Last April, when the Yale College Council asked then-President Richard Levin to publicly support lowering the drinking age, the student body laughed. It was absurd, silly, ill-timed. It wouldn’t happen, we thought — and if it did, our voice would certainly sink in the big pond of national politics.

Geng Ngarmboonanant_Karen Tian

But after the inauguration of Peter Salovey — who has since used his pulpit to speak out on federal issues like immigration, research funding and wealth inequality — we should no longer laugh too hard. The YCC’s proposal was not preposterous; in fact, it is now right. If our president is indeed serious about making Yale “a leader in reducing high-risk drinking” — which he said just this past week — then he cannot duck when it comes to fully committing our school to the big fight on the national stage.

The merits of lowering the drinking age are relatively clear. We know that college students drink. But the current law drives college students “underground” to consume alcohol, like when students take shots in quick succession in dorm rooms. The current drinking age also edges students toward other illegal activities, such as purchasing fake IDs in order to enter bars and clubs. What’s more, 21 is a false threshold for maturity, if such a threshold even exists. Last year’s alcohol report, which surveyed over 2,000 Yale students, found that upperclassmen actually drink more irresponsibly than younger students. Seniors, the report found, more frequently engaged in binge drinking than any other class.

It is telling, then, that Yale acts as if all students were able to openly drink. Our programs are created with the purpose of mitigating the dangers of drinking, not stopping alcohol consumption itself. Freshmen take a skit-based online course before they arrive, as well as attend orientation meetings designed to acclimate them to the drinking scene. For all current students, the Dean’s Office even offers a “bartending class” to teach us how to serve alcohol and intervene effectively.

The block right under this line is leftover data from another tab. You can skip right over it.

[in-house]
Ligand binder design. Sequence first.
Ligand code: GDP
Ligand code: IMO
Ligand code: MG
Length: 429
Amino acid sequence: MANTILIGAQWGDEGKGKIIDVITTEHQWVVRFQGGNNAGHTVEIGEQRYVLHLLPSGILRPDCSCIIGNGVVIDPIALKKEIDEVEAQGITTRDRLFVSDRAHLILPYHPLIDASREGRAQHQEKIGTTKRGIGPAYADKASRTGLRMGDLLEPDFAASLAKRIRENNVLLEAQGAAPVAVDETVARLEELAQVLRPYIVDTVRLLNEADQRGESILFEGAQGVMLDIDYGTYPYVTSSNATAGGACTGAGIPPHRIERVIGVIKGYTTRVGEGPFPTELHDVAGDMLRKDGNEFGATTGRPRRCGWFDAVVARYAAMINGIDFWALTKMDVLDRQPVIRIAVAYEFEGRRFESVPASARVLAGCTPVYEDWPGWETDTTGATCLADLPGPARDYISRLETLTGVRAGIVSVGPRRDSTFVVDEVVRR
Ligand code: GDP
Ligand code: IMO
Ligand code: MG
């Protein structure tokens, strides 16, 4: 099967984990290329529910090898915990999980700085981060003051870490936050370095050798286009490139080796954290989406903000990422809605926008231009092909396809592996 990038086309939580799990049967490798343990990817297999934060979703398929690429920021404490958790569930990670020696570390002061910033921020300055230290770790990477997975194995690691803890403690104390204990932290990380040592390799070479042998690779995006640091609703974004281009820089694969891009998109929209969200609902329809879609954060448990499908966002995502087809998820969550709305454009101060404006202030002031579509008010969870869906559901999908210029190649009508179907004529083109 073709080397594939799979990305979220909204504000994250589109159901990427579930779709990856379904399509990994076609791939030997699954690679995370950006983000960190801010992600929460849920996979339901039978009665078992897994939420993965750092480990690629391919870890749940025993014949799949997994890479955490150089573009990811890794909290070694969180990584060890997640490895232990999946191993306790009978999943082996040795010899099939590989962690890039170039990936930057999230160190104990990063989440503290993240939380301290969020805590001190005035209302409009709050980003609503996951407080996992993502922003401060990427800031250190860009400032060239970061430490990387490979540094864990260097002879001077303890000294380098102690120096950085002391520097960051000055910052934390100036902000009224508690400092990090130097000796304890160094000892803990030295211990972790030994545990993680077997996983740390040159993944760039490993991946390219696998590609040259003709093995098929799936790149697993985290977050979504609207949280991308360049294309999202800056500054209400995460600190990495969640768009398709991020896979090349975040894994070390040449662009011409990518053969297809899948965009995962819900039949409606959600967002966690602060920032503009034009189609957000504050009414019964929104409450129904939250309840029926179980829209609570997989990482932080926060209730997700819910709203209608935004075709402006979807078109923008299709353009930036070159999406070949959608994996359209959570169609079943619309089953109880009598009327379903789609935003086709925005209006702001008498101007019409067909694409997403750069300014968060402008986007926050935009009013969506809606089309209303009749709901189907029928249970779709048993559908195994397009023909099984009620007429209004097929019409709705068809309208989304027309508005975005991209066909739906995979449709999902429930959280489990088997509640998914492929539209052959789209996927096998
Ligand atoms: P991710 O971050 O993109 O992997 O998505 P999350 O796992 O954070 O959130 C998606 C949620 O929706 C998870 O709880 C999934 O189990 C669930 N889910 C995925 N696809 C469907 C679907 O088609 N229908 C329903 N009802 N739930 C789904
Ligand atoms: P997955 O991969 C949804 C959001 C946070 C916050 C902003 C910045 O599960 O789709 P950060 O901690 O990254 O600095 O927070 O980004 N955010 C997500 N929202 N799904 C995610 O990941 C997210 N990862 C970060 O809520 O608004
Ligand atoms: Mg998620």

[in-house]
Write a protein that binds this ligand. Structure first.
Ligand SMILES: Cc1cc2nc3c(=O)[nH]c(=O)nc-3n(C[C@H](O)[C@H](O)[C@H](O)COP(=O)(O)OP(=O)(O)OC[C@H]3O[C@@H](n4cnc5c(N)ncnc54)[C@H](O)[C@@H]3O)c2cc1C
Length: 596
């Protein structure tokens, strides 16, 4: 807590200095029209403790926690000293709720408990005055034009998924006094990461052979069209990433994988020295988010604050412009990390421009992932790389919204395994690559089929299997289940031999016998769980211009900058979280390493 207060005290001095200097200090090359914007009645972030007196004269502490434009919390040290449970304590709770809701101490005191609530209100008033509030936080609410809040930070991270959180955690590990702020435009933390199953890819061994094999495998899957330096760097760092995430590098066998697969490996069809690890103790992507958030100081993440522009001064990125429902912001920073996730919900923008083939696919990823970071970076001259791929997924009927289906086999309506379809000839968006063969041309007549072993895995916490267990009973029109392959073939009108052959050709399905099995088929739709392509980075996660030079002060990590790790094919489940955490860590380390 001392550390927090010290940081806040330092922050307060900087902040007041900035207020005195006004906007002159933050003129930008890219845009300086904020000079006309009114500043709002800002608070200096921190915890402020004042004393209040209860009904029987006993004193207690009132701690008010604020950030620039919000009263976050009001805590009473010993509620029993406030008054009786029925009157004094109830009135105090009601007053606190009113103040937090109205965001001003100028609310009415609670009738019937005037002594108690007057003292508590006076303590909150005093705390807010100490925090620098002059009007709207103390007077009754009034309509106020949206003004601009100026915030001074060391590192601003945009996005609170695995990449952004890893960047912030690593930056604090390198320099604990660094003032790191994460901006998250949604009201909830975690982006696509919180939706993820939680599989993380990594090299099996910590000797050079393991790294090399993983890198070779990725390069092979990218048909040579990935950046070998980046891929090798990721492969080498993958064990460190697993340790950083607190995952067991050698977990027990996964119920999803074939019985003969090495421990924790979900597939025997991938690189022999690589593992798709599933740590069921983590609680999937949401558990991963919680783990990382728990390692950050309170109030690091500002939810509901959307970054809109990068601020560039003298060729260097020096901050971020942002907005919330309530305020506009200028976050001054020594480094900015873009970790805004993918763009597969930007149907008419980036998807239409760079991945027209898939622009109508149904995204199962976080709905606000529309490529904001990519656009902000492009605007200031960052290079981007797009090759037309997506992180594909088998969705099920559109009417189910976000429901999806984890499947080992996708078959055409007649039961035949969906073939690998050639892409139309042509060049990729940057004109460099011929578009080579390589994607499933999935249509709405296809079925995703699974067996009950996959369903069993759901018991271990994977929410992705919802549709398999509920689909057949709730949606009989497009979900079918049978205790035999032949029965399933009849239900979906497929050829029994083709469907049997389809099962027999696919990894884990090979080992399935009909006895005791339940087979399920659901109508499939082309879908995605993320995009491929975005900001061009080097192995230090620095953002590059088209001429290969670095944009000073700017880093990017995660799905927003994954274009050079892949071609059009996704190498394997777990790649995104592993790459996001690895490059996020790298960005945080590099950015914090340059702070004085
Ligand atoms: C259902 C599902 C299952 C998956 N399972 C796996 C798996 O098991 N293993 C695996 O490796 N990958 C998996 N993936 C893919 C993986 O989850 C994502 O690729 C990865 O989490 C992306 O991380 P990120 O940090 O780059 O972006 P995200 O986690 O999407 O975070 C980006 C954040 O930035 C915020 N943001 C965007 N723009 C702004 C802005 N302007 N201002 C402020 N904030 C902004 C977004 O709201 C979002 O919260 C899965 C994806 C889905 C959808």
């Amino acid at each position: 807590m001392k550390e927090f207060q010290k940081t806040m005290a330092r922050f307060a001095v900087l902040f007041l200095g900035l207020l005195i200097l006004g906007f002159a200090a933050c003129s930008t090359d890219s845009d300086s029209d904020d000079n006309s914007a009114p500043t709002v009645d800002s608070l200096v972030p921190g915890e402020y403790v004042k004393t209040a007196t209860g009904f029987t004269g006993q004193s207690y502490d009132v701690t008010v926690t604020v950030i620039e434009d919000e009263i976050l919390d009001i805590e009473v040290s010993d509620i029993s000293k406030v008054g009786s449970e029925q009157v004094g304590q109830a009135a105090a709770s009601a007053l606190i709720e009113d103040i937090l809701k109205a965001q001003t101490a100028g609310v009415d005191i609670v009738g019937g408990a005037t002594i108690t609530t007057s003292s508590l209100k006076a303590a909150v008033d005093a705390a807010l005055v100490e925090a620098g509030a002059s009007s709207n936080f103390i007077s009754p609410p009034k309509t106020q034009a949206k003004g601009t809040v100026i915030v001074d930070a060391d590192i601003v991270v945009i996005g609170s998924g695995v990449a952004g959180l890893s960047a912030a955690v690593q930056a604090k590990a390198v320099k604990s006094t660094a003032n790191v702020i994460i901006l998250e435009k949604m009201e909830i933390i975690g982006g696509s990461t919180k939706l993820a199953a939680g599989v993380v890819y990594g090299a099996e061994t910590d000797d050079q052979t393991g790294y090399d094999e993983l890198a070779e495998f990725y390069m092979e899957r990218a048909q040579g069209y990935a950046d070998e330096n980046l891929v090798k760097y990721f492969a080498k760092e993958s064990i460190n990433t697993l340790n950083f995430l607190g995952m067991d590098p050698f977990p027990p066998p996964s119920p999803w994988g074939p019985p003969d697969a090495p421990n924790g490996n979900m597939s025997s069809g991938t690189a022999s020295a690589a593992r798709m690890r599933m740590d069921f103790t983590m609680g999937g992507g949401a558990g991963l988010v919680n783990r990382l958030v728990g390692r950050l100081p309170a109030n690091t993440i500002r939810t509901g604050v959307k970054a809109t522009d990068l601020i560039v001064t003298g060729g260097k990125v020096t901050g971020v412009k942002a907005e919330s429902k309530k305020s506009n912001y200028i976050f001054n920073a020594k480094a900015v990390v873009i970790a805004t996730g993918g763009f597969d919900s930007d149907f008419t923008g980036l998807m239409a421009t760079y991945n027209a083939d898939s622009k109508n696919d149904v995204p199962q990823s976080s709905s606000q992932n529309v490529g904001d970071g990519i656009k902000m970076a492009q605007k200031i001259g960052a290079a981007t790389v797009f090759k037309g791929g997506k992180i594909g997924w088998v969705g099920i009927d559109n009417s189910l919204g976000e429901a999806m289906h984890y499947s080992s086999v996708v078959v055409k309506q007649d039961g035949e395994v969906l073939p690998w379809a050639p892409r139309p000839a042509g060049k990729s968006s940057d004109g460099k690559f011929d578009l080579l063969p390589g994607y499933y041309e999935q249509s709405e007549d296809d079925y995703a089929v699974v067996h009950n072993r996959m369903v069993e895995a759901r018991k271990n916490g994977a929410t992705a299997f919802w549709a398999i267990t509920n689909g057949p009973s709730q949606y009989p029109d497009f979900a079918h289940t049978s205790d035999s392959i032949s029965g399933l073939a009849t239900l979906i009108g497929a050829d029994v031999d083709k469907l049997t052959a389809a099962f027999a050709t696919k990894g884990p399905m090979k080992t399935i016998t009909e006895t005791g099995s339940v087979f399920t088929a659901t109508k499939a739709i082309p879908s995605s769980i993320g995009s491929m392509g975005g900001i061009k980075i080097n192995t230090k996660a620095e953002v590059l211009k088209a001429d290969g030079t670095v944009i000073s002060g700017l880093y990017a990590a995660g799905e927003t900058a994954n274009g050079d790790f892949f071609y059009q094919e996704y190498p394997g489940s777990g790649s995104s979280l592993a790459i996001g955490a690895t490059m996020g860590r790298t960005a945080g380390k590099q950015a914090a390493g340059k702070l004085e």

If we already act as if all of campus were of drinking age, why wouldn’t we support a change in the law? Our effort to deal with the reality of underage drinking clashes with our duty to teach students to respect existing laws. Indeed, one cannot wholly advocate for both abstinence and protection.

An 18-year-old drinking age — or 19-year-old, in order to avoid legal drinking by high school seniors — would complete the circuit in our “safety first” alcohol strategy. If we do choose to go ahead and announce our support for change, it would not be hard. Our school will not be alone.

In fact, we would be joining a group of 136 colleges, including Dartmouth and Duke, who are signatories of the Amethyst Initiative. Amethyst — which means “not intoxicated” in Greek — is a coalition of college presidents who urge a reconsideration of the national drinking age. They may not be able to battle Mothers Against Drunk Driving singlehandedly, but it is certainly a beginning.

While there are limitations to what a university can do, we have seen that Yale’s half-a-million lobbying budget can change things. In 2007, Richard Jacob, the University lobbyist, led the opposition against proposed academic research restrictions on international students, which had been discussed in the Bush administration as a potential response to the 9/11 attacks. Jacob, along with a coalition of universities, orchestrated a campaign against the proposal, which included phone calls, mail, policy statements and meetings. In the end, the proposal never became law.

To say that we are ineffective — that our words don’t matter, especially when joined by hundreds of peer schools — is a vast understatement.

The time is perfect for change. This fall, the University Council Committee on Alcohol, which is made up of five university officials and five alcohol experts, will recommend major reforms to our school’s alcohol policies and programs. Among these recommendations should be public University support for a lower drinking age. Otherwise, the inherent contradiction in our alcohol strategy will never be fully resolved.

In the end, the drinking age is not simply an issue of our right to choose. It is a matter of policy inconsistency. In this country, a 19-year-old can choose to risk her life on a battlefield but cannot take a sip of beer. At this school, the law prohibits us from fully enforcing alcohol safety, no matter how effective our program. As all economists know, inconsistencies lead to real costs. In this case, the biggest cost is not financial — it is personal, and it results in injuries, hospitalizations and damaged lives.

Geng Ngarmboonanant is a junior in Silliman College. Contact him at .